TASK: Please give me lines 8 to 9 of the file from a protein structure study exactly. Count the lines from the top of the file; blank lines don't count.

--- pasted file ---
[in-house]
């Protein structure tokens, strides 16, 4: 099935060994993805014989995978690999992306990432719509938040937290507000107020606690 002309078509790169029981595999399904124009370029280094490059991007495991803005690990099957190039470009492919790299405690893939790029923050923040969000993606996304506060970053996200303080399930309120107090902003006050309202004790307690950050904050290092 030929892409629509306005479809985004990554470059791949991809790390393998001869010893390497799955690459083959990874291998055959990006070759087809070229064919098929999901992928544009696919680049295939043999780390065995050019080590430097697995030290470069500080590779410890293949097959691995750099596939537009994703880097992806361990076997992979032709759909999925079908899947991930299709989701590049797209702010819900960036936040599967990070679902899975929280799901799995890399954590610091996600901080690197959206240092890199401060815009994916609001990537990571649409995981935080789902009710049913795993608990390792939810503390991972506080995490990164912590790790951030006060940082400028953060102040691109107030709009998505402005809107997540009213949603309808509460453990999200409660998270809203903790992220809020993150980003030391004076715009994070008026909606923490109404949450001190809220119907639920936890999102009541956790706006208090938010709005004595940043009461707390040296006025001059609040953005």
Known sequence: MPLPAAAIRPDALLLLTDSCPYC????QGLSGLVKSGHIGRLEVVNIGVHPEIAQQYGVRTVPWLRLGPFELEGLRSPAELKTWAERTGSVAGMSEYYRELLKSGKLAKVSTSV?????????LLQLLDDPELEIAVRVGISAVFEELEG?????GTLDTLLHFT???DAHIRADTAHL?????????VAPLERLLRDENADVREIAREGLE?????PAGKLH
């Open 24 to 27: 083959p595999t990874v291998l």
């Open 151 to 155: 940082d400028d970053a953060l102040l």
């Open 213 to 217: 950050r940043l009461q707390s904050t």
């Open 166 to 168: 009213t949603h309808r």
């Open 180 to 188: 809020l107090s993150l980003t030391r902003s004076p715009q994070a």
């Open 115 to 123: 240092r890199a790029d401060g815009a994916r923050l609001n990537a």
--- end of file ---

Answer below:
């Open 180 to 188: 809020l107090s993150l980003t030391r902003s004076p715009q994070a």
């Open 115 to 123: 240092r890199a790029d401060g815009a994916r923050l609001n990537a």